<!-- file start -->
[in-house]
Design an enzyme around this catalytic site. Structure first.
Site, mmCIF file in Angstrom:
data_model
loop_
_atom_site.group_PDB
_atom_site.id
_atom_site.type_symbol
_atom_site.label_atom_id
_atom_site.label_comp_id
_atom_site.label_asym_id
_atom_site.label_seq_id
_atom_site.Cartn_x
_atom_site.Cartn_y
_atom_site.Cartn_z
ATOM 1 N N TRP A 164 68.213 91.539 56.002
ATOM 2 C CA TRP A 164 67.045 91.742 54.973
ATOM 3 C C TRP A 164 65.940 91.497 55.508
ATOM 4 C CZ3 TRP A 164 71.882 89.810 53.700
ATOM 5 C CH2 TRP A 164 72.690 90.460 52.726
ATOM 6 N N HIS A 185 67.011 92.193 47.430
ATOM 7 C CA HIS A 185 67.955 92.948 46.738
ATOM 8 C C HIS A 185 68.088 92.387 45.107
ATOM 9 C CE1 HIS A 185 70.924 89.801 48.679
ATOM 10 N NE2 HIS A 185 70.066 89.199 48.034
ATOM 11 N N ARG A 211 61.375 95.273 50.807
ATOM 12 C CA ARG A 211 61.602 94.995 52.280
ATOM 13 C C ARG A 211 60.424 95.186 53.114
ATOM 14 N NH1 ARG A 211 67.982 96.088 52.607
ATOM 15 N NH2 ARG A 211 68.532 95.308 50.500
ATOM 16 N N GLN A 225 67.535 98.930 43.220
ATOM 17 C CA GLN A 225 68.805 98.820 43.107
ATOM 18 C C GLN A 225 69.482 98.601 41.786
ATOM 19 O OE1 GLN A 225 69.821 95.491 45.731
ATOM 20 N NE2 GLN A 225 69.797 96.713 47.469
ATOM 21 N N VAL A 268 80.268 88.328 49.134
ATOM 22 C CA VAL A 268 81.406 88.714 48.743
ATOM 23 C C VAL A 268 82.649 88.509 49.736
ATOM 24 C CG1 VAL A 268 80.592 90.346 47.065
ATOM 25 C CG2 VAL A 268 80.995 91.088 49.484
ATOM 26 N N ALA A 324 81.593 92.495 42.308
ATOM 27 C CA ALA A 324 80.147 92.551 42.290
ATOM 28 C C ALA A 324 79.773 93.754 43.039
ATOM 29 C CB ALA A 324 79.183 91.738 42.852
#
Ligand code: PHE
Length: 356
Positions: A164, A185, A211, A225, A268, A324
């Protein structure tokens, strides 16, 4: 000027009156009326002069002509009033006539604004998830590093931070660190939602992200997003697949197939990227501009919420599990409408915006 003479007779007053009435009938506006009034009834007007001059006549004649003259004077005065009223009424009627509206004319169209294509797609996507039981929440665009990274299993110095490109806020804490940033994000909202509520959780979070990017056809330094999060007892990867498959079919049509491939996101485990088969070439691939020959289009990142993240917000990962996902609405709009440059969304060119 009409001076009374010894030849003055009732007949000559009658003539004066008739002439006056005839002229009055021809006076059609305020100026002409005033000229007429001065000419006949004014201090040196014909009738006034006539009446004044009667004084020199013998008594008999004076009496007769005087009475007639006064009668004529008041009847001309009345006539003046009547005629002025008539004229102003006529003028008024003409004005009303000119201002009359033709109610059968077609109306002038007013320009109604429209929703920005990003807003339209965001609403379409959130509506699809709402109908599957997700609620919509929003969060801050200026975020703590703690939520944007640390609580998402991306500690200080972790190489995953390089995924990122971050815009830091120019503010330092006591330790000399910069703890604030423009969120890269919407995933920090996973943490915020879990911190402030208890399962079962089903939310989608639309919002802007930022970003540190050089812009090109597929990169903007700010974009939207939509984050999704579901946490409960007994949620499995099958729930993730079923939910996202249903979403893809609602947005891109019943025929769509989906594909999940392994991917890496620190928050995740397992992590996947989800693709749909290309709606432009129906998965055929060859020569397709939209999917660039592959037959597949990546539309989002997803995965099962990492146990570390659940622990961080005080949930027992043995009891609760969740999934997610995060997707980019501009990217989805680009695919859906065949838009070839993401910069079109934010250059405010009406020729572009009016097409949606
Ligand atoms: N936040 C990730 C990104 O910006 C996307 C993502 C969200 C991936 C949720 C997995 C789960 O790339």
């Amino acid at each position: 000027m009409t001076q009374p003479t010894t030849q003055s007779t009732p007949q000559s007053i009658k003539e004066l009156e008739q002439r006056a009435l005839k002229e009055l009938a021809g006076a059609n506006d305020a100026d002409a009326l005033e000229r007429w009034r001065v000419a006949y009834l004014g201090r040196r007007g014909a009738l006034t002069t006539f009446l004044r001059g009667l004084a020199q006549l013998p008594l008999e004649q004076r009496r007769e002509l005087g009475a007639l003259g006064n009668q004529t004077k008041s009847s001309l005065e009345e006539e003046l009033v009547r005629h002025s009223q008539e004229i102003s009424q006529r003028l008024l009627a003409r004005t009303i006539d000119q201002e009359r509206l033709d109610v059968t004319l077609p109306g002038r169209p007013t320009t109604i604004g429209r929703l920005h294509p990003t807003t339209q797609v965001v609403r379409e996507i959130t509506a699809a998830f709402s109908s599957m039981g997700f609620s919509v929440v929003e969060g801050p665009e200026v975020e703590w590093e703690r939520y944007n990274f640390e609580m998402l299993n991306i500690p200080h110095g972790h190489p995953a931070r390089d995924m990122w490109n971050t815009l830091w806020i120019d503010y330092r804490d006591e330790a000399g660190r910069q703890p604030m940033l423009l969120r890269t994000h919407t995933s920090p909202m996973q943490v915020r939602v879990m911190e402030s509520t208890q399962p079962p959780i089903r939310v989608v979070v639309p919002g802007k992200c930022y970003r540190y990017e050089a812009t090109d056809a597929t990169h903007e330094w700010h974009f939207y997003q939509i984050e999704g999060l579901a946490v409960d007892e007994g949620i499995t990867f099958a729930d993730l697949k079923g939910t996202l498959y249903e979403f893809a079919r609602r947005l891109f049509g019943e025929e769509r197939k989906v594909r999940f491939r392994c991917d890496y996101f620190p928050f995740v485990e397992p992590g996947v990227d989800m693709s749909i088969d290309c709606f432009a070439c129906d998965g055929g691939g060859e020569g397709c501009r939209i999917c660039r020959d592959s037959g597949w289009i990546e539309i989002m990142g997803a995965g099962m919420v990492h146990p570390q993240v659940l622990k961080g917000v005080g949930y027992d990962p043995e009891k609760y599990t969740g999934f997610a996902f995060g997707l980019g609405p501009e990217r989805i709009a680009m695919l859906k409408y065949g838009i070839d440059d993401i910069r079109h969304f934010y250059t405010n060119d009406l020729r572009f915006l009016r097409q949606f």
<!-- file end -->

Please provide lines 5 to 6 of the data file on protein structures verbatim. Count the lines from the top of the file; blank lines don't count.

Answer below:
loop_
_atom_site.group_PDB